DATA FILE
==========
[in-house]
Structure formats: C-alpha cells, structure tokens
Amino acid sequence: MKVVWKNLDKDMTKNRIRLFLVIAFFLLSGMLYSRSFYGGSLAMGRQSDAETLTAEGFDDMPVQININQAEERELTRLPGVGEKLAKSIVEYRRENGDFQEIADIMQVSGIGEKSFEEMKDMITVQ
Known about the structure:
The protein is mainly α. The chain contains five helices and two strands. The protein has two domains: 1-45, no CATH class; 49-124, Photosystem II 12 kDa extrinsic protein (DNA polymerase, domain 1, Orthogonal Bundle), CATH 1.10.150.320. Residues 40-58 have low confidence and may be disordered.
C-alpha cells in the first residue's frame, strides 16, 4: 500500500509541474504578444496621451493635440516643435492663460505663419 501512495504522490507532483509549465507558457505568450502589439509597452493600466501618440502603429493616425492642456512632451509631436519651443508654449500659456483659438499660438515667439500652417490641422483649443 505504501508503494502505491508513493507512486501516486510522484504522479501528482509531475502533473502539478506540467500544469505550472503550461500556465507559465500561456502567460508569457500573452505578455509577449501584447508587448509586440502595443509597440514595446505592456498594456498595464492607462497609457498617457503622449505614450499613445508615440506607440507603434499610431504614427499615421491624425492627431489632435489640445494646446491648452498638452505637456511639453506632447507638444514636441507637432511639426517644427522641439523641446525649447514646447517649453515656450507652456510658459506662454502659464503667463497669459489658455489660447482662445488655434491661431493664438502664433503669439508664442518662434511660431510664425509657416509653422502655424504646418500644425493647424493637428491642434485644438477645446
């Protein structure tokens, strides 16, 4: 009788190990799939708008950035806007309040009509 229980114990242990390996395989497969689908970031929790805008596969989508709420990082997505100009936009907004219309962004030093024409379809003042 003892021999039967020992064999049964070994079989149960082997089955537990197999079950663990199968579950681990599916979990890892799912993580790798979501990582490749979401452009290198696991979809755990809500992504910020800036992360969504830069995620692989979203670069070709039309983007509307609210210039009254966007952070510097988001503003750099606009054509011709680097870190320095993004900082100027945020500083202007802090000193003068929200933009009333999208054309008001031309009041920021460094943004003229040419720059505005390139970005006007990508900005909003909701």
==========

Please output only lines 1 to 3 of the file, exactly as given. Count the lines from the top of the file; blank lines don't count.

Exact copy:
[in-house]
Structure formats: C-alpha cells, structure tokens
Amino acid sequence: MKVVWKNLDKDMTKNRIRLFLVIAFFLLSGMLYSRSFYGGSLAMGRQSDAETLTAEGFDDMPVQININQAEERELTRLPGVGEKLAKSIVEYRRENGDFQEIADIMQVSGIGEKSFEEMKDMITVQ